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http://discover.halifaxpubliclibraries.ca/?q=title:fort%20of%20nine%20towers

Read Your Way Around the World – Afghanistan in fact

Read Your Way Around the World invites you to Afghanistan.

A Fort of Nine Towers: an Afghan family story (M)
by Qais Akbar Omar

http://discover.halifaxpubliclibraries.ca/?q=title:fort%20of%20nine%20towers“Qais Akbar Omar was born in Kabul in a time of relative peace.

Until he was 7, he lived with his father, a high school physics teacher, and mother, a bank manager, in the spacious, garden-filled compound his grandfather had built. Noisy with the laughter of his cousins (with whom they lived in the typical Afghan style), fragrant with the scent of roses and apple blossoms, and rich in shady, tucked-away spots where Qais and his grandfather sat and read, home was the idyllic centre of their quiet, comfortable life. But in the wake of the Russian withdrawal and the bloody civil conflict that erupted, his family was forced to flee and take refuge in the legendary Fort of Nine Towers, a centuries-old palace in the hills on the far side of Kabul. On a perilous trip home, Omar and his father were kidnapped, narrowly escaping, and the family fled again, his parents leading their 6 children on a remarkable, sometimes wondrous journey.” publisher

Combat Doctor: life and death stories from Kandahar’s military hospital (M)
by Marc Dauphin

http://discover.halifaxpubliclibraries.ca/?q=title:combat%20doctor%20life%20and%20deathCombat Doctor presents the stories of the victims of the War in Afghanistan, as told by the last Canadian Officer Commanding at the Kandahar Role 3 Multinational Hospital. In 2009, Marc Dauphin, an experienced emergency-room physician, served a full tour at the combat hospital in Kandahar. During his time there, he dealt with injuries more horrific than he had ever seen during his civilian experience. He and the Role 3 Hospital’s international staff saw an unparalleled number of severe casualties and yet maintained a survival rate of 97 percent — a record for all times and all wars. It is impossible to remain unmoved by Marc Dauphin’s descriptions of those he treated: the terrified children, the stoic soldiers, those mutilated almost beyond help. Each story is powerful, vividly told, and unique.” publisher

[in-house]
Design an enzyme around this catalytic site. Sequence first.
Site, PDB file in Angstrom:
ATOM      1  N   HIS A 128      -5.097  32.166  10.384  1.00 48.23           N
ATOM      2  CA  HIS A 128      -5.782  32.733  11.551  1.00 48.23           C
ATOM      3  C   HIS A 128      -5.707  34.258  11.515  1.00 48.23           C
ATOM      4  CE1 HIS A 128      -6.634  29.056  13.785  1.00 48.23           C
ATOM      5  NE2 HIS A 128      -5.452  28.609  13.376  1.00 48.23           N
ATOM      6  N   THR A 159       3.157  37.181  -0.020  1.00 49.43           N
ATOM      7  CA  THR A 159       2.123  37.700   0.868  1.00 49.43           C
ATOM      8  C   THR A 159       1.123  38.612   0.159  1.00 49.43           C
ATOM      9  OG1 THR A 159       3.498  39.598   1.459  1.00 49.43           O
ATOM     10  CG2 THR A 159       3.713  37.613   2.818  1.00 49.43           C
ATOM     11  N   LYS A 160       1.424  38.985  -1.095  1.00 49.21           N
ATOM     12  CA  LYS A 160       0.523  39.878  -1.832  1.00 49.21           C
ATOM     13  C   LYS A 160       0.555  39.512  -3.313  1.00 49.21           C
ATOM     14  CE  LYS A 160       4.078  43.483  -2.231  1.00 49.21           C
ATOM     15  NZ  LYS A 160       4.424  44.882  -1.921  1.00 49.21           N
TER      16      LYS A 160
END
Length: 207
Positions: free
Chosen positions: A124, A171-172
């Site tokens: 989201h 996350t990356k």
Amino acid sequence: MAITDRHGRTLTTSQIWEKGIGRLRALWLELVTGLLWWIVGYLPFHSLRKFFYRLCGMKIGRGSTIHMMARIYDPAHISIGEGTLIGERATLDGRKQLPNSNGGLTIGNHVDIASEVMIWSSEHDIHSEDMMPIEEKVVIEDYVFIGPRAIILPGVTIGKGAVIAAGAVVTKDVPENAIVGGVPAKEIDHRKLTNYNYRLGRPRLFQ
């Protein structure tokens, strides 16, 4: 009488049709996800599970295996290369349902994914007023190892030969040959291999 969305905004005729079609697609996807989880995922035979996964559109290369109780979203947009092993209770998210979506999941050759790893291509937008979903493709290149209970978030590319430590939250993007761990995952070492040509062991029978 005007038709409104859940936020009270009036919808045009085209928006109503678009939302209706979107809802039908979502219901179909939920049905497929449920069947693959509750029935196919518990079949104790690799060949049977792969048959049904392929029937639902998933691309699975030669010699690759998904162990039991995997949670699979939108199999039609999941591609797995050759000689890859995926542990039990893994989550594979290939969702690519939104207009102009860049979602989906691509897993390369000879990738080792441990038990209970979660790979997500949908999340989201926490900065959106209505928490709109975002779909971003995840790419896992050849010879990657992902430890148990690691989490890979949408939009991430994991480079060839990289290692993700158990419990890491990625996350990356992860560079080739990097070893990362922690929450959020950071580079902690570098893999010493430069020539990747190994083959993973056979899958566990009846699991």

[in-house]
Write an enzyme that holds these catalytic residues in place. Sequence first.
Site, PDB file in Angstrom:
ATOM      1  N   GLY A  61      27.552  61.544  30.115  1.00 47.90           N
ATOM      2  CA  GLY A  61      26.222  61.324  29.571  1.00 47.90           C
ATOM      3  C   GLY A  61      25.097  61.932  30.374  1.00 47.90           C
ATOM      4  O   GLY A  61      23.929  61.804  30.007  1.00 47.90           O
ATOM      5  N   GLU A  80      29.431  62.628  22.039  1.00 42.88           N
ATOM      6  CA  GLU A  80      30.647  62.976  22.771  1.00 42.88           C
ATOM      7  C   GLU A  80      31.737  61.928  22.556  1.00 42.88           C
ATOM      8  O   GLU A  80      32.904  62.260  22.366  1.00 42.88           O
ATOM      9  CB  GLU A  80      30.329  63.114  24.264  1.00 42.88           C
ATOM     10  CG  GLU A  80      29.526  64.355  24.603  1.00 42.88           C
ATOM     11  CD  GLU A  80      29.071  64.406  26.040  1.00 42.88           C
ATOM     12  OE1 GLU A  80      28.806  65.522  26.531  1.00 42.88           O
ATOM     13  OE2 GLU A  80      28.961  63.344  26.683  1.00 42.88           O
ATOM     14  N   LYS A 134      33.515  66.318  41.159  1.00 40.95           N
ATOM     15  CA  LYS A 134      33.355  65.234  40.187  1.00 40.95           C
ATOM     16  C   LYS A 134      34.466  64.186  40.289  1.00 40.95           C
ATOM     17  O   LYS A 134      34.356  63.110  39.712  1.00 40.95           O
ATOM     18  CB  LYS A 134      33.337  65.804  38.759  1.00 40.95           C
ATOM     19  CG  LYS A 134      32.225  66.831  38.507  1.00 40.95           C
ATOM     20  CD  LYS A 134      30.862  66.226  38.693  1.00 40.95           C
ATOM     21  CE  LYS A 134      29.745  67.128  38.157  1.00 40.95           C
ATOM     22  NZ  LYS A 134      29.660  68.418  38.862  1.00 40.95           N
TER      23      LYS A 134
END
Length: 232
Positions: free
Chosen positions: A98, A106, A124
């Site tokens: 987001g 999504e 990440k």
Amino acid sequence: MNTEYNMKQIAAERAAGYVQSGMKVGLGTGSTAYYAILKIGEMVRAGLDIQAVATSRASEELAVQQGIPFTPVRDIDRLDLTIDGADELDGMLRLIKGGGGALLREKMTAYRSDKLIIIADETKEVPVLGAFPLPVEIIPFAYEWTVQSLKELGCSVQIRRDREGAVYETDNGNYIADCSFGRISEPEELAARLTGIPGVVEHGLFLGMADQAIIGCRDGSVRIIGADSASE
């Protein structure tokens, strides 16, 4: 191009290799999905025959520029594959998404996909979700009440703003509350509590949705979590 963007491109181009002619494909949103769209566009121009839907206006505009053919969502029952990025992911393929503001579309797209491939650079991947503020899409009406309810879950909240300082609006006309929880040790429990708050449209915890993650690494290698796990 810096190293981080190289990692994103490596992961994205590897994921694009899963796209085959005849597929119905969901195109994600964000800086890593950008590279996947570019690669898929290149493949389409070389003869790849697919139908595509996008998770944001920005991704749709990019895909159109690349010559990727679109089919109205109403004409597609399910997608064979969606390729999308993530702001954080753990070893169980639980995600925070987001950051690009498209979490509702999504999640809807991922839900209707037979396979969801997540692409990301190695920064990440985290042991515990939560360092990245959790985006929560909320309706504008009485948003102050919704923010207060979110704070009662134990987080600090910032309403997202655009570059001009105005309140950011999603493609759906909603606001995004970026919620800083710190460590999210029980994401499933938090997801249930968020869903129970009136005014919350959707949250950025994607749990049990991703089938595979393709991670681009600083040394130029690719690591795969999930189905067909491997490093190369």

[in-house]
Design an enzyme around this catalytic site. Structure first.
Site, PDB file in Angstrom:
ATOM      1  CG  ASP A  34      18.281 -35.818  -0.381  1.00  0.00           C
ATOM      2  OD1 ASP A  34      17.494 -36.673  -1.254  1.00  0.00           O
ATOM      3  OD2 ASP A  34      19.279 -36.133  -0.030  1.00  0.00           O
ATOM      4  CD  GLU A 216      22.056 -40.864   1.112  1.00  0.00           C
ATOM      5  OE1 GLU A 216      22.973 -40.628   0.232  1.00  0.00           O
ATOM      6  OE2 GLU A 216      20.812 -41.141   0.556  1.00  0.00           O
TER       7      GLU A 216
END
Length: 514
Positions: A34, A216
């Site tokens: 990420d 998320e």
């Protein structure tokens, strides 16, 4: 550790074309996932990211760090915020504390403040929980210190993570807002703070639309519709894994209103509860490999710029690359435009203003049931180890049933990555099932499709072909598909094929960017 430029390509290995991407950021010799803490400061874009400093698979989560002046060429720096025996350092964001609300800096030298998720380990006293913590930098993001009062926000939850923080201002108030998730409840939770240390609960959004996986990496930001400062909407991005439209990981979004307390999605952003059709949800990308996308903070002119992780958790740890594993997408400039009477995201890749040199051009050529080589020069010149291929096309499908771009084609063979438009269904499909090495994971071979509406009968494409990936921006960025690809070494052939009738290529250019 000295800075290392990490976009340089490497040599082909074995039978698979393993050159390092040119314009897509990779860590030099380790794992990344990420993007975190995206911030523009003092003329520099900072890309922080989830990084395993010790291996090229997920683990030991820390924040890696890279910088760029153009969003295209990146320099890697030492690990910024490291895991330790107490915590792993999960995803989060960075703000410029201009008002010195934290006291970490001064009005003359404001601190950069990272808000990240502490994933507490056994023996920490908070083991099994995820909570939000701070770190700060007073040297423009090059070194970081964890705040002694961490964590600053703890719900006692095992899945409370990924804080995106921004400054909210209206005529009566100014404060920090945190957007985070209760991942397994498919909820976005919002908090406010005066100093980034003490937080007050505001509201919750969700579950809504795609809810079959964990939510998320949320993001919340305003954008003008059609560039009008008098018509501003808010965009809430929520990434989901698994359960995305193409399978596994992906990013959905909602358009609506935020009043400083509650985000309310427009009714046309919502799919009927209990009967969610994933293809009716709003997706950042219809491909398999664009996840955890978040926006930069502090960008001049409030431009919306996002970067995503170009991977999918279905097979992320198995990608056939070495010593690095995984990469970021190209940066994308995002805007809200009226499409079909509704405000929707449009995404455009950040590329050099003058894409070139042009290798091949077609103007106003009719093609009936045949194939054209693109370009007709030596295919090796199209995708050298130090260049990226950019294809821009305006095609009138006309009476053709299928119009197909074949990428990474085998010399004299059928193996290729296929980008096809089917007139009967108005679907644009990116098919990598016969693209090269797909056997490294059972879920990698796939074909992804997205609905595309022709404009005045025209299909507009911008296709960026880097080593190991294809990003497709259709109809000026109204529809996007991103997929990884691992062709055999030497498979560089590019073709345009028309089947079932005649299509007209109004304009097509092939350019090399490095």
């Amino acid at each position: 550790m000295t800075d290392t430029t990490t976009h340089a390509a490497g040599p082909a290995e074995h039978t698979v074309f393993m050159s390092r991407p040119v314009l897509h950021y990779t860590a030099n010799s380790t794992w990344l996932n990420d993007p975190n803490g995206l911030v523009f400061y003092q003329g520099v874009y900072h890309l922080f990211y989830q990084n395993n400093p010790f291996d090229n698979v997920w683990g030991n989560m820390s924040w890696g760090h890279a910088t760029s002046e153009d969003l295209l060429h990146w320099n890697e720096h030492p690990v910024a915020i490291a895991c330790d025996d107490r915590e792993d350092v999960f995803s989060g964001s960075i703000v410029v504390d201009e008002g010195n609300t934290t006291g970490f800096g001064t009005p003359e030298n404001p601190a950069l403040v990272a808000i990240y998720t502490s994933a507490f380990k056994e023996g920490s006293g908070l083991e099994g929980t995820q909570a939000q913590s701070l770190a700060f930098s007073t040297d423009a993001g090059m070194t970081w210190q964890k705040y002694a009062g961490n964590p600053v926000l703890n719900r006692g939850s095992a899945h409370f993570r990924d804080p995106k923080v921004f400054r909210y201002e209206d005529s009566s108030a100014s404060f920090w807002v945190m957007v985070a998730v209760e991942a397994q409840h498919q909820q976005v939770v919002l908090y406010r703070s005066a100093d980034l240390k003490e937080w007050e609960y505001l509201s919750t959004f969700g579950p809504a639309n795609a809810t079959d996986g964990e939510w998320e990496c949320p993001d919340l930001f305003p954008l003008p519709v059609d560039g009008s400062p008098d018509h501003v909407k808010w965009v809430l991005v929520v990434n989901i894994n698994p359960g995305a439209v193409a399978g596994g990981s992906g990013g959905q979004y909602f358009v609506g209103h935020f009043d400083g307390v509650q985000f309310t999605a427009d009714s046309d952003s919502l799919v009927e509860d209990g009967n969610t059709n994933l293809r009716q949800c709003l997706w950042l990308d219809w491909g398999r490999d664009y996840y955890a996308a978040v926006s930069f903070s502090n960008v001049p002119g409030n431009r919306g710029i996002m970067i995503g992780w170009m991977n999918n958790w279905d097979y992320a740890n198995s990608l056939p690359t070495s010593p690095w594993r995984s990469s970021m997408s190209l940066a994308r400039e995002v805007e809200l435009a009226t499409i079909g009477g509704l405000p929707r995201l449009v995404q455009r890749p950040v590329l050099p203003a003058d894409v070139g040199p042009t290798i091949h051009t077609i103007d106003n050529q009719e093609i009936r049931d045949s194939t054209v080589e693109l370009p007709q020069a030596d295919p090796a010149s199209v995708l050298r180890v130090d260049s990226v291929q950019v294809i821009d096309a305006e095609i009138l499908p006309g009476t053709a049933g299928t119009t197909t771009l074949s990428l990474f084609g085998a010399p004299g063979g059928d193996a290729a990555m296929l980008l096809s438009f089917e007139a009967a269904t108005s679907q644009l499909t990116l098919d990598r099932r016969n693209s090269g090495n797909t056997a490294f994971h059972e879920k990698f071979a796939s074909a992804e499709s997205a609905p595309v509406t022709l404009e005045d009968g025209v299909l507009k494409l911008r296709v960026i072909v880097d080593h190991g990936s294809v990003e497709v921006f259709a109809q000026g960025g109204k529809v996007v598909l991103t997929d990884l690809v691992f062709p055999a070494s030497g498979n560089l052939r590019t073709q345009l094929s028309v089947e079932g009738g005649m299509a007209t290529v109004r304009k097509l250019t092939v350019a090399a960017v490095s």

The World is a Carpet: four seasons in an Afghan village (M)
by Anna Badkhen

http://discover.halifaxpubliclibraries.ca/?q=title:world%20is%20a%20carpet” Anna Badkhen first traveled to this country in 2001, as a war correspondent. She has returned many times since, drawn by a land that geography has made a perpetual battleground, and by a people who sustain an exquisite tradition there. Through the four seasons in which a new carpet is woven by the women and children of Oqa, she immortalizes their way of life much as the carpet does–from the petal half-finished where a hungry infant needs care to the interruptions when the women trade sex jokes or go fill in for wedding musicians scared away by the Taliban. As Badkhen follows the carpet out into the world beyond, she leaves the reader with an indelible portrait of fates woven by centuries of art, war, and an ancient trade that ultimately binds the invaded to the invader” publisher

An American Bride in Kabul: a memoir (M)
by Phyllis Chesler

http://discover.halifaxpubliclibraries.ca/?q=title:american%20bride%20in%20kabul” Twenty years old and in love, Phyllis Chesler, a Jewish-American girl from Brooklyn, embarked on an adventure that has lasted for more than a half-century. In 1961, when she arrived in Kabul with her Afghan bridegroom, authorities took away her American passport. Chesler was now the property of her husband’s family and had no rights of citizenship. Back in Afghanistan, her husband, a wealthy, westernized foreign college student with dreams of reforming his country, reverted to traditional and tribal customs. Chesler found herself unexpectedly trapped in a posh polygamous family, with no chance of escape. She fought against her seclusion and lack of freedom, her Afghan family’s attempts to convert her from Judaism to Islam, and her husband’s wish to permanently tie her to the country through childbirth. Drawing upon her personal diaries, Chesler recounts her ordeal, the nature of gender apartheid—and her longing to explore this beautiful, ancient, and exotic country and culture.” publisher

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Welcome to The Reader, a blog from the Readers' Services staff at Halifax Public Libraries. Our goal is to create a forum for book news and related discussion among leisure readers. A place for Halifax leisure readers to interact with their library and the larger community of leisure readers.

 

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